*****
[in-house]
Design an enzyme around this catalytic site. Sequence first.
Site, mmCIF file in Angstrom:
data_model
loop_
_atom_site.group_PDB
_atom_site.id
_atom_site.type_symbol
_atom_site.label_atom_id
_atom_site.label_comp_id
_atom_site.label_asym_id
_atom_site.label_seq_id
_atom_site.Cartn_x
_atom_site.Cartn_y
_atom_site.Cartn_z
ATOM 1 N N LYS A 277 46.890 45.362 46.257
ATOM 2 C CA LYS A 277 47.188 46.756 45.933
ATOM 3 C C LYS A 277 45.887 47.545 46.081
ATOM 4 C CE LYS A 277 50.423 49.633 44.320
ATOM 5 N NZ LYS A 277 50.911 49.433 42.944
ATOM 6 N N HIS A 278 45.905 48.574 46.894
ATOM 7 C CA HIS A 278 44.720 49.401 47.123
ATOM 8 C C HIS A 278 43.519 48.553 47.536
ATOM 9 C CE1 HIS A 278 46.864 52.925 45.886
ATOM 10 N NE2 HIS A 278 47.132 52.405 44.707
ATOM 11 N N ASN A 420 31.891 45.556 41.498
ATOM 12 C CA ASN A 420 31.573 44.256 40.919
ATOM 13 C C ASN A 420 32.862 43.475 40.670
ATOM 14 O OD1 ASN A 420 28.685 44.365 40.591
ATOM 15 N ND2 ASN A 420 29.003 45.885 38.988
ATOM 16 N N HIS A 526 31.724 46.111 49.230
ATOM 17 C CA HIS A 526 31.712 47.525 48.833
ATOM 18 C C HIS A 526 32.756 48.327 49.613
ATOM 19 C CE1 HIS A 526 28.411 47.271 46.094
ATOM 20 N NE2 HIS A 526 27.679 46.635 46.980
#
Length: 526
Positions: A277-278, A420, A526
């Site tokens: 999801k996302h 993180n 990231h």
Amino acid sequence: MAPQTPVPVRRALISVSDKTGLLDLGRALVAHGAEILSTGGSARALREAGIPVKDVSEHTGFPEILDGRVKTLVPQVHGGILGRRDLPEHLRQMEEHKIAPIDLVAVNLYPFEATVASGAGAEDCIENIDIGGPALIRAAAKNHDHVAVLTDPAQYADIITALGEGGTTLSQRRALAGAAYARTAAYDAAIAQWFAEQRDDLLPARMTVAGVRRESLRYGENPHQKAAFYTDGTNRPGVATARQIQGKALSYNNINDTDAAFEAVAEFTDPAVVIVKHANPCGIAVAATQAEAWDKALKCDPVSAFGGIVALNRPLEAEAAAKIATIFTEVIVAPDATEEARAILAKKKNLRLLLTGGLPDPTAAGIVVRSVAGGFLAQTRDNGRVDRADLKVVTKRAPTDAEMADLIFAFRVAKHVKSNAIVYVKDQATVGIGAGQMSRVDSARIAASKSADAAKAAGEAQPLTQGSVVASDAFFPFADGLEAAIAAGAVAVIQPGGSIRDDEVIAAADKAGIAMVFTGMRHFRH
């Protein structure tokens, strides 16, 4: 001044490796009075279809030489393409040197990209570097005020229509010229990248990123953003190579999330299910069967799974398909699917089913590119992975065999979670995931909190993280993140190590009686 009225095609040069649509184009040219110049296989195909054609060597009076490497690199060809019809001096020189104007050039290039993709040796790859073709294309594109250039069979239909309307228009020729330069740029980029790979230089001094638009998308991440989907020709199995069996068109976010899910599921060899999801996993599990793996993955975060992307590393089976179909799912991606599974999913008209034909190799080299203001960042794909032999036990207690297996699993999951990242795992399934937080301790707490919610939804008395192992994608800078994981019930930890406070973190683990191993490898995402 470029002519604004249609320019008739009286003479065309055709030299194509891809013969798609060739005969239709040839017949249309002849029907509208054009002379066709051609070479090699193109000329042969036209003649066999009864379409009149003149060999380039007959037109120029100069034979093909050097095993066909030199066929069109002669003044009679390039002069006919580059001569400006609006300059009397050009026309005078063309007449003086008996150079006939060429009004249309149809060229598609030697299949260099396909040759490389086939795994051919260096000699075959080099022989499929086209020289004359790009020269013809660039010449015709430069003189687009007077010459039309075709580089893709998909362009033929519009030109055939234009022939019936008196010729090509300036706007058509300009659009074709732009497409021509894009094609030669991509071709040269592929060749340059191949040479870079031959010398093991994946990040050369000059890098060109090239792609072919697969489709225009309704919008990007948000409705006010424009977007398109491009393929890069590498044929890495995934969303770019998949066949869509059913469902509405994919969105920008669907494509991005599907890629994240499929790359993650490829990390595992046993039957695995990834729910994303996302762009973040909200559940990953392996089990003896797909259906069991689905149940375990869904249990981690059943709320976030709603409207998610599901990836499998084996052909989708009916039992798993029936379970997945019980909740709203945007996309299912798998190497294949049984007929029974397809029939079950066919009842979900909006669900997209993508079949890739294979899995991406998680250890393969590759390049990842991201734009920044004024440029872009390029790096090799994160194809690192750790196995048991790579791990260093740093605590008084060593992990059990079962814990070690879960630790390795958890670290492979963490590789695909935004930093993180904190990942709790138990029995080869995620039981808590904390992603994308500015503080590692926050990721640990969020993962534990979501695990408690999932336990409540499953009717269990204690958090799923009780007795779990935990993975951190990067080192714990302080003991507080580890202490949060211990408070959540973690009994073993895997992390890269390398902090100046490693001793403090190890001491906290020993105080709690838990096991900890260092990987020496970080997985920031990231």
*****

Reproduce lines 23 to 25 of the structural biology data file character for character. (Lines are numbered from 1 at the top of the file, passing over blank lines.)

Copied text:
ATOM 8 C C HIS A 278 43.519 48.553 47.536
ATOM 9 C CE1 HIS A 278 46.864 52.925 45.886
ATOM 10 N NE2 HIS A 278 47.132 52.405 44.707